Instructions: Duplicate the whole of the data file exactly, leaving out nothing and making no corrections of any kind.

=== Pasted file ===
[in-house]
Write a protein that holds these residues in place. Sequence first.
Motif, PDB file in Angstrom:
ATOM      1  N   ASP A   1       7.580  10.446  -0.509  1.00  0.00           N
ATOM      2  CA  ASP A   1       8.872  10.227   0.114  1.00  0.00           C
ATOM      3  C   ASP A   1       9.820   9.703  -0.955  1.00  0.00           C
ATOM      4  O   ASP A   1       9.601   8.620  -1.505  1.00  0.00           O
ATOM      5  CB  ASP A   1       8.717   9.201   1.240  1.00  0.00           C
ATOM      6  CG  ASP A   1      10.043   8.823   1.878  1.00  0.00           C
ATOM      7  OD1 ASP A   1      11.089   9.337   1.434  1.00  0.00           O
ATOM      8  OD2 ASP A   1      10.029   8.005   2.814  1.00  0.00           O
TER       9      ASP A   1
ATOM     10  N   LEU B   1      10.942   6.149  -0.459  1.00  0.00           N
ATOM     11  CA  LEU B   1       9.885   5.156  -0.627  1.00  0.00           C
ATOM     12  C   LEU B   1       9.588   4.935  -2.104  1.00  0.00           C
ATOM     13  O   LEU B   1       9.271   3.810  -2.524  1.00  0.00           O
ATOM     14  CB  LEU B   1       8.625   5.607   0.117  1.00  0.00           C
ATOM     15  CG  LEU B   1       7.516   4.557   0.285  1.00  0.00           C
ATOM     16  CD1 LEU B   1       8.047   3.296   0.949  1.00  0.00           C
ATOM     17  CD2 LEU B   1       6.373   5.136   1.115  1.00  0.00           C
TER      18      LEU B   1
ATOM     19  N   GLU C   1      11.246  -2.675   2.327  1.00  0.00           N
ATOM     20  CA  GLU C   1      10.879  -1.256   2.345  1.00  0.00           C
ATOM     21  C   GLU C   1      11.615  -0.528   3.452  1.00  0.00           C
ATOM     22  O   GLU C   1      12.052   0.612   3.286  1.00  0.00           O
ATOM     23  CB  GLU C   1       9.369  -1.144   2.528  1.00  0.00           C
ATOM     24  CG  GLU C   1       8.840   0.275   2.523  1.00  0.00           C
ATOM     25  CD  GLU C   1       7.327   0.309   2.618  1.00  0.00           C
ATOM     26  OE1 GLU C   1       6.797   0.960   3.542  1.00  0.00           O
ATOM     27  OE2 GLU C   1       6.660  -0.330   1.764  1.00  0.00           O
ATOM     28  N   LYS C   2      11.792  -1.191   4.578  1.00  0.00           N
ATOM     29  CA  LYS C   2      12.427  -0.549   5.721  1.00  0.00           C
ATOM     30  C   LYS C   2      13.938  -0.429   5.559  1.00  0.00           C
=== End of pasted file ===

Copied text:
[in-house]
Write a protein that holds these residues in place. Sequence first.
Motif, PDB file in Angstrom:
ATOM      1  N   ASP A   1       7.580  10.446  -0.509  1.00  0.00           N
ATOM      2  CA  ASP A   1       8.872  10.227   0.114  1.00  0.00           C
ATOM      3  C   ASP A   1       9.820   9.703  -0.955  1.00  0.00           C
ATOM      4  O   ASP A   1       9.601   8.620  -1.505  1.00  0.00           O
ATOM      5  CB  ASP A   1       8.717   9.201   1.240  1.00  0.00           C
ATOM      6  CG  ASP A   1      10.043   8.823   1.878  1.00  0.00           C
ATOM      7  OD1 ASP A   1      11.089   9.337   1.434  1.00  0.00           O
ATOM      8  OD2 ASP A   1      10.029   8.005   2.814  1.00  0.00           O
TER       9      ASP A   1
ATOM     10  N   LEU B   1      10.942   6.149  -0.459  1.00  0.00           N
ATOM     11  CA  LEU B   1       9.885   5.156  -0.627  1.00  0.00           C
ATOM     12  C   LEU B   1       9.588   4.935  -2.104  1.00  0.00           C
ATOM     13  O   LEU B   1       9.271   3.810  -2.524  1.00  0.00           O
ATOM     14  CB  LEU B   1       8.625   5.607   0.117  1.00  0.00           C
ATOM     15  CG  LEU B   1       7.516   4.557   0.285  1.00  0.00           C
ATOM     16  CD1 LEU B   1       8.047   3.296   0.949  1.00  0.00           C
ATOM     17  CD2 LEU B   1       6.373   5.136   1.115  1.00  0.00           C
TER      18      LEU B   1
ATOM     19  N   GLU C   1      11.246  -2.675   2.327  1.00  0.00           N
ATOM     20  CA  GLU C   1      10.879  -1.256   2.345  1.00  0.00           C
ATOM     21  C   GLU C   1      11.615  -0.528   3.452  1.00  0.00           C
ATOM     22  O   GLU C   1      12.052   0.612   3.286  1.00  0.00           O
ATOM     23  CB  GLU C   1       9.369  -1.144   2.528  1.00  0.00           C
ATOM     24  CG  GLU C   1       8.840   0.275   2.523  1.00  0.00           C
ATOM     25  CD  GLU C   1       7.327   0.309   2.618  1.00  0.00           C
ATOM     26  OE1 GLU C   1       6.797   0.960   3.542  1.00  0.00           O
ATOM     27  OE2 GLU C   1       6.660  -0.330   1.764  1.00  0.00           O
ATOM     28  N   LYS C   2      11.792  -1.191   4.578  1.00  0.00           N
ATOM     29  CA  LYS C   2      12.427  -0.549   5.721  1.00  0.00           C
ATOM     30  C   LYS C   2      13.938  -0.429   5.559  1.00  0.00           C